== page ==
Thursday of the First Week of Ordinary Time

Heb 3:7-14; Ps 95:6-11; Mk 1:40-45

It’s so easy for our hearts to go astray.  It’s as if we do not know the ways of the LORD. It’s as if we had never gone though an Advent Waiting nor celebrated another Christmas and Epiphany.  Our heart is so restless as Saint Augustine teaches us; these hardened hearts seem to have been hard wired for sin or at least for concupiscence.  If only we would hear his voice, once we listen to his loving wisdom, then we would come and bow down in worship.  We would gladly kneel before the LORD who made us.  Indeed, the LORD is our God and we are the people he shepherds; we are the flock he guides.  Rather than loving obedience to His Voice we tempt the LORD and test him with our hardness of heart. Indeed, like our ancestors at Meribah, we tempt the LORD.  Like our forefathers on the day of Massah, in the desert, we demand that God do our will.  Like spoiled kids, we expect him to change our hearts, right now and without further hesitation.  We expect immediate results and magical solutions.  We do not want to rest in his will.  We have no desire for intimacy with the LORD.  Like those who were dying of thirst in the wilderness, we expect the LORD to attend to our every whim and desire. After all what kind of a God would let us die of thirst? Is he really God, or is he some kind of a demon?  Who is this LORD who dares to test our faith?  Who does he think we are? Does he think we can endure another trial?  No wonder the LORD is weary.  Perhaps today we will hold on to the beginning of the reality of His Faithful Love firmly until the end.  Perhaps today we will open our hearts to the blazing light of his pity and receive his healing touch despite our leprosy.


Through the inspired prayers of King David the Holy Spirit speaks to this rebellious generation on our journey from slavery to sin into the holiness of obedience.  It takes an erring and unfaithful heart to ignore the inspiration of the Holy Spirit.  How can we pray the Book of Psalms month after month and never repent?  How can we read again and again of his faithful love and boundless mercy and never grown in virtue?  Perhaps vice is more attractive.  Or perhaps virtue is too dull.  We cannot just rest on our achievements in the spiritual life.  Without daily vigilance we are bound to make virtue into an idol; we are bound to fall down and worship our meager successes.  This letter to the Hebrews is a warning we need to hear to avoid growing hardened by the deceit of sin.  Only Christ does not lie to us; only the Holy Spirit speaks the truth of Abba’s love for us.  This unexpected grace is nothing less than startling.  This shocking love changes everything. No longer do we rest in our own achievements; from now on we only rest in God’s Love. In this rest we find our new identity, partners of Christ.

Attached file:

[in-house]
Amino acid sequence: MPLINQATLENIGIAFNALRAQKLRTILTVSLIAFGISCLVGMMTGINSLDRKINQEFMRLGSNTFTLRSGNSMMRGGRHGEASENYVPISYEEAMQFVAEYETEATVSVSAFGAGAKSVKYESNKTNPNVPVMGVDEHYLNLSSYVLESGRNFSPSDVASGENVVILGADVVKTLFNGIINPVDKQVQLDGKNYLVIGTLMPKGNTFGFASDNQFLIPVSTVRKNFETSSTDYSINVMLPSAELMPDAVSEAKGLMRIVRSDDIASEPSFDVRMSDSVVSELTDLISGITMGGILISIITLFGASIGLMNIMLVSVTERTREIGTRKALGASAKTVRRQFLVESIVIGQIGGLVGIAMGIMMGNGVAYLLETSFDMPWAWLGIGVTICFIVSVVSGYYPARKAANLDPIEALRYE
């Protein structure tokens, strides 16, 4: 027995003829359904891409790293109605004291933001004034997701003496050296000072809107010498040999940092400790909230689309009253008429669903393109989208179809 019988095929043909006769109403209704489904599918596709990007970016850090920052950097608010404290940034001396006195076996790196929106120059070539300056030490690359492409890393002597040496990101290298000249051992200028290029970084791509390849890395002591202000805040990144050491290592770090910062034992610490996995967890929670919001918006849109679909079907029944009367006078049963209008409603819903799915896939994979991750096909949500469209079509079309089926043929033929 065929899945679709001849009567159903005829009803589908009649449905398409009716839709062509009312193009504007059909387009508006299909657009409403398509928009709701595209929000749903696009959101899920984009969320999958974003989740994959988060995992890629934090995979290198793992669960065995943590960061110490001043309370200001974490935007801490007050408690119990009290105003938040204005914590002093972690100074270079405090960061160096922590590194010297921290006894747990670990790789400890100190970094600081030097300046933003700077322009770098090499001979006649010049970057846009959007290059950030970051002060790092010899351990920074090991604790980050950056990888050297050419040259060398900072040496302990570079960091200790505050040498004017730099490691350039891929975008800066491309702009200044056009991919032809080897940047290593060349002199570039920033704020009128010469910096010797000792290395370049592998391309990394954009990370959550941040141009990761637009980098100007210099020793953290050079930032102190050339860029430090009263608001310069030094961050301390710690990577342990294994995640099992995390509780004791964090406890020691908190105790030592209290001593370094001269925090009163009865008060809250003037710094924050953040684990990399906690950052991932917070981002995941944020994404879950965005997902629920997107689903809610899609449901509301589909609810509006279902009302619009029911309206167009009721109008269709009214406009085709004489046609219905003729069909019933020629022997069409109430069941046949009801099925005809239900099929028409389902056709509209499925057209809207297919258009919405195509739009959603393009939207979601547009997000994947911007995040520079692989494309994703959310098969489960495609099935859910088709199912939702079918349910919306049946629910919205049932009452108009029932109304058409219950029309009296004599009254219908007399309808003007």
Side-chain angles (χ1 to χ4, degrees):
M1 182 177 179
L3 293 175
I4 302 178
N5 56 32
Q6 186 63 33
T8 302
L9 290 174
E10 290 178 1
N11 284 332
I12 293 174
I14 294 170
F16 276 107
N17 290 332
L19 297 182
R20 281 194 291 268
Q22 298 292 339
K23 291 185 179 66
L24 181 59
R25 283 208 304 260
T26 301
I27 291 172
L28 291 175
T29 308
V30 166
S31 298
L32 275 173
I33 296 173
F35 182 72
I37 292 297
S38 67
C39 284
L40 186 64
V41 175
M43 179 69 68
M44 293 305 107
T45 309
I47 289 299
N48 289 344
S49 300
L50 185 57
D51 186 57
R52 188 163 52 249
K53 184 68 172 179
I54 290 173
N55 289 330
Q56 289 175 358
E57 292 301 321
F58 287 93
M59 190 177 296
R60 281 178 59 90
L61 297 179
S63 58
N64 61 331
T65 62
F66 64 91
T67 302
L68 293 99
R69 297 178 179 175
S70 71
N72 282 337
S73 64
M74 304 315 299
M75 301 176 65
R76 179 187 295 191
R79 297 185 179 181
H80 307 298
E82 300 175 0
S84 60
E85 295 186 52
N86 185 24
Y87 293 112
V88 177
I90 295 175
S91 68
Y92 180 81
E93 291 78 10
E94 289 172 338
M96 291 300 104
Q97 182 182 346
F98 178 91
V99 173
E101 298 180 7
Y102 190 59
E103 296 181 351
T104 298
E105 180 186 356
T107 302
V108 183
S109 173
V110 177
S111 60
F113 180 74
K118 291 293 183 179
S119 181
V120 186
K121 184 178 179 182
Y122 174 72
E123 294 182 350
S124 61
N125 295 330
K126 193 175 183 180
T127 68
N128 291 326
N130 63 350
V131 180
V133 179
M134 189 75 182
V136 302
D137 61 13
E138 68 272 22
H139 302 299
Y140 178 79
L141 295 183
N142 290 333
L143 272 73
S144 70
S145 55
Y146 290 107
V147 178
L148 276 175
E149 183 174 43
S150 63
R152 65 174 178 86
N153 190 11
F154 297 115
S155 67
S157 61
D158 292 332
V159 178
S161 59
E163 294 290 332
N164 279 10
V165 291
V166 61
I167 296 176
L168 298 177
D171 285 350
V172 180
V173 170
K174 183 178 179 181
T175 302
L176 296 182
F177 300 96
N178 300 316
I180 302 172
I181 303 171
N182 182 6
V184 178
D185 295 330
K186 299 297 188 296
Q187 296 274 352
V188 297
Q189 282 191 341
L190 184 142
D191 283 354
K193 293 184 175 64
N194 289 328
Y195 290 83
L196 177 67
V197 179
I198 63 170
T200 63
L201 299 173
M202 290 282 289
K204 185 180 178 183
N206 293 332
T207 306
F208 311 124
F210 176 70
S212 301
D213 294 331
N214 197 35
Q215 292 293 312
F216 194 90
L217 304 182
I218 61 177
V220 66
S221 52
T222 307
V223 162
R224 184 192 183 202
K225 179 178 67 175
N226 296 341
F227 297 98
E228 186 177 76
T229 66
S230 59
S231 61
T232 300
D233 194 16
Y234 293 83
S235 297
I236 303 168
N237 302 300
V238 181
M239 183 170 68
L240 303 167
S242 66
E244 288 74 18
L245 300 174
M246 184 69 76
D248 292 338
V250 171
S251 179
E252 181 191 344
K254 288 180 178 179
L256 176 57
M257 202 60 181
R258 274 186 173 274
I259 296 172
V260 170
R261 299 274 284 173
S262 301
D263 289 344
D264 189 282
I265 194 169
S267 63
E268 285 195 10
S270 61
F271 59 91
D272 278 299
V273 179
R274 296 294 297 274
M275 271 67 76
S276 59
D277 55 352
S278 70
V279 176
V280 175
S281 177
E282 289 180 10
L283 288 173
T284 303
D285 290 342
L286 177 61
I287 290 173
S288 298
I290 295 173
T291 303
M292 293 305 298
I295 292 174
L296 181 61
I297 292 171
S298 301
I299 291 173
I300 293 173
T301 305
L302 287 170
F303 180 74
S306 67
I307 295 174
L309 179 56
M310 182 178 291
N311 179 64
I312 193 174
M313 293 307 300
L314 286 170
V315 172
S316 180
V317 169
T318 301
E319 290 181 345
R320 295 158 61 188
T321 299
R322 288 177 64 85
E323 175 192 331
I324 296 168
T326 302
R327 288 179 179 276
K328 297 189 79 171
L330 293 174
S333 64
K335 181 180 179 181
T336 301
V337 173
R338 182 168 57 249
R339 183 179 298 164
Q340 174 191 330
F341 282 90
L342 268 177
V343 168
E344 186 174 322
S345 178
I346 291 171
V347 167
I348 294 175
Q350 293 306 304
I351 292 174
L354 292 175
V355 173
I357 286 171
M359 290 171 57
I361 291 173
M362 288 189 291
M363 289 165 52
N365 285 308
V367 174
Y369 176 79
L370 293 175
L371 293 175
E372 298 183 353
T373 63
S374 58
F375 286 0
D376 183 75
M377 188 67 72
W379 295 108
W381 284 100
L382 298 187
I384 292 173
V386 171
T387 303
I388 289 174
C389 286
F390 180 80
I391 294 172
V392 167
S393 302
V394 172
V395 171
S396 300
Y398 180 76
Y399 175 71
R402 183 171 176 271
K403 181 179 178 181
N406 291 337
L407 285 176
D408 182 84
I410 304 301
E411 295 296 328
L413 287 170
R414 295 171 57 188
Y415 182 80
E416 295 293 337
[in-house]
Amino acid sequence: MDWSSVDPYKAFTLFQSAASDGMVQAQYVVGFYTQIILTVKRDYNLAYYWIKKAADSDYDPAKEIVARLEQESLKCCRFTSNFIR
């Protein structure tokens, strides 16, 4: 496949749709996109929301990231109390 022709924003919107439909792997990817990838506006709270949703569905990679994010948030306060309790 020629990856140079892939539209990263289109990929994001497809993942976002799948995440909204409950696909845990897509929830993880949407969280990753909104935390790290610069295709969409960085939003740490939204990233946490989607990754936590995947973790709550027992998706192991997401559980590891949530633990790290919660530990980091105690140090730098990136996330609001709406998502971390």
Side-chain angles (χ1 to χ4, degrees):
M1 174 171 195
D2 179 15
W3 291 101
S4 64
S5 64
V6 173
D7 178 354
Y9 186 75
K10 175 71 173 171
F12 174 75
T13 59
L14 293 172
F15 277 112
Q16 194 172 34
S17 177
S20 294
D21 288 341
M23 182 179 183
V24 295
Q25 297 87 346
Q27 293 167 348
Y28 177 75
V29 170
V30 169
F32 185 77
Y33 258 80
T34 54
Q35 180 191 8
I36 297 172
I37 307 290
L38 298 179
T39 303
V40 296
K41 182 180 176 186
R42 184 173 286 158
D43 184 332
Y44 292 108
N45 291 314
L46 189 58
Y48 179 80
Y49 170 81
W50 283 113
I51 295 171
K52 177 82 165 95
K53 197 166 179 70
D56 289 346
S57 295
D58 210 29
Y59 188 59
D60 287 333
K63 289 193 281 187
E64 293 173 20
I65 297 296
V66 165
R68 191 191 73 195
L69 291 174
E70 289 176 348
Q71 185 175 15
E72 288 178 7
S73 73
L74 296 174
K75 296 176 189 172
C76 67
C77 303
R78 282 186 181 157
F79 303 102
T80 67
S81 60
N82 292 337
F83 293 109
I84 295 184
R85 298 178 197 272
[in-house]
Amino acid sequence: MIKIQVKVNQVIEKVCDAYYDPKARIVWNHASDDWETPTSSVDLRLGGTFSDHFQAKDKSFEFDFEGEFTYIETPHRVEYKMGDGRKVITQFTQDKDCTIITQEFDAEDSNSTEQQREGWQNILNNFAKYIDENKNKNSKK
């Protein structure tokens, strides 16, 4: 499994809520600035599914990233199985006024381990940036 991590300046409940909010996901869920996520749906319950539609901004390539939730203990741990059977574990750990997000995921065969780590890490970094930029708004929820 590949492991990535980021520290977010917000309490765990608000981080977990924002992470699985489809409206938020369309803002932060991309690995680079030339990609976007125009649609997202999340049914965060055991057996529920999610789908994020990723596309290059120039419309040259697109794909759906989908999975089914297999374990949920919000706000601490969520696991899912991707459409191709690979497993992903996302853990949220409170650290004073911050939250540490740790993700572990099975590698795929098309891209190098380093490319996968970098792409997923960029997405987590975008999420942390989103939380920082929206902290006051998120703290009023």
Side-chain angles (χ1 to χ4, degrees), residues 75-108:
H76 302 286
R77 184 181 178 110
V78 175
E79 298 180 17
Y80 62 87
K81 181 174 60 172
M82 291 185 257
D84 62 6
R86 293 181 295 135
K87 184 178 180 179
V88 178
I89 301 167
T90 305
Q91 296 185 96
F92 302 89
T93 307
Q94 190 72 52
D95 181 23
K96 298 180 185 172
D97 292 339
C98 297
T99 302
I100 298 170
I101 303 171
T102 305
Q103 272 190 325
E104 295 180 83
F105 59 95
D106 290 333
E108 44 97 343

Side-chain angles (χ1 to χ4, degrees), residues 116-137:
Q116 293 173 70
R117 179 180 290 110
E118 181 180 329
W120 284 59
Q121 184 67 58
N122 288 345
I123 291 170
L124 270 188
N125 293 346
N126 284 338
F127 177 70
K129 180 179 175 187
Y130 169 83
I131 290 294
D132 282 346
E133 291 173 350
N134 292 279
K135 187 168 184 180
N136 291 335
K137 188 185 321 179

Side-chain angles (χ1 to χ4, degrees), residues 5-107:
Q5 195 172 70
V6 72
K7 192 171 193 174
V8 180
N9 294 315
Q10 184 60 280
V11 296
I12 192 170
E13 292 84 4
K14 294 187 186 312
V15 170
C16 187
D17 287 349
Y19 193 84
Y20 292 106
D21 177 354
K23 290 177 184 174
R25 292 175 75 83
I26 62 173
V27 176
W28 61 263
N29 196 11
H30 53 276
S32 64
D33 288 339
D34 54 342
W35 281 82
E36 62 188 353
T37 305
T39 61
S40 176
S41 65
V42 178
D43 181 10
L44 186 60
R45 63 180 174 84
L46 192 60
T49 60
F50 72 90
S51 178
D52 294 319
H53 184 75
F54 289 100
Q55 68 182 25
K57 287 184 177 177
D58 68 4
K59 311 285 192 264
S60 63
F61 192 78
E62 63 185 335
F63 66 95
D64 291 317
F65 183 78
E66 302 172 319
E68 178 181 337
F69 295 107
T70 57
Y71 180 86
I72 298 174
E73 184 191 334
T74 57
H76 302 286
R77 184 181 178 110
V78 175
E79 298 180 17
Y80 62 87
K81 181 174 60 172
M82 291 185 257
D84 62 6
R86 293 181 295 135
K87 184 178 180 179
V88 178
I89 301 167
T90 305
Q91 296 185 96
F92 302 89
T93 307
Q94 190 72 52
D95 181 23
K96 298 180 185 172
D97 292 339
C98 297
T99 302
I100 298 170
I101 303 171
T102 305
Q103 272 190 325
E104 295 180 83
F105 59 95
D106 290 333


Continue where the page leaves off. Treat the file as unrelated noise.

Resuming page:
It seems that the leper in today’s gospel had taken on the identity expected of him in society. He did not expect anything from anyone.  However, everyone expected him to keep his distance, shout out the necessary warning, “Beware! A leper is near!” In a gesture of liturgical and private worship an unnamed leper came and kneeling down begged the Lord Jesus to make him clean.  What could have motivated such a dangerous act?  Where did this reject get such courage?  How did he know that the Lord Jesus could make him clean?  If he wanted to, he could clean the unclean; of this the stranger is confident.  Such a dramatic gesture and a heart felt request received only pity from the Lord Jesus.  It was his divine compassion that moved the Lord Jesus to stretch out his hand, touch the untouchable leper and say, “I do will it. Be made clean.”  These are the very words our hearted hearts long to hear.  Indeed, these are the only words that can remove our stony hearts and give us human hearts.  Without these words of divine tenderness we, will never be moved to compassion in our relationships with those we find repulsive, like lepers.  The Lord Jesus did not count the cost of being so kind.  Even though such a public gesture of love and mercy would attract crowds of needy people, and even though such public adulation would give rise to envy on the part of the powerful, still the Lord Jesus holds not back. He takes the risk with anyone who kneels and asks for a healing touch.  Why do we still hold back?  Do we think the Lord Jesus has run out of pity? Do we think our leprosy will not elicit his compassion?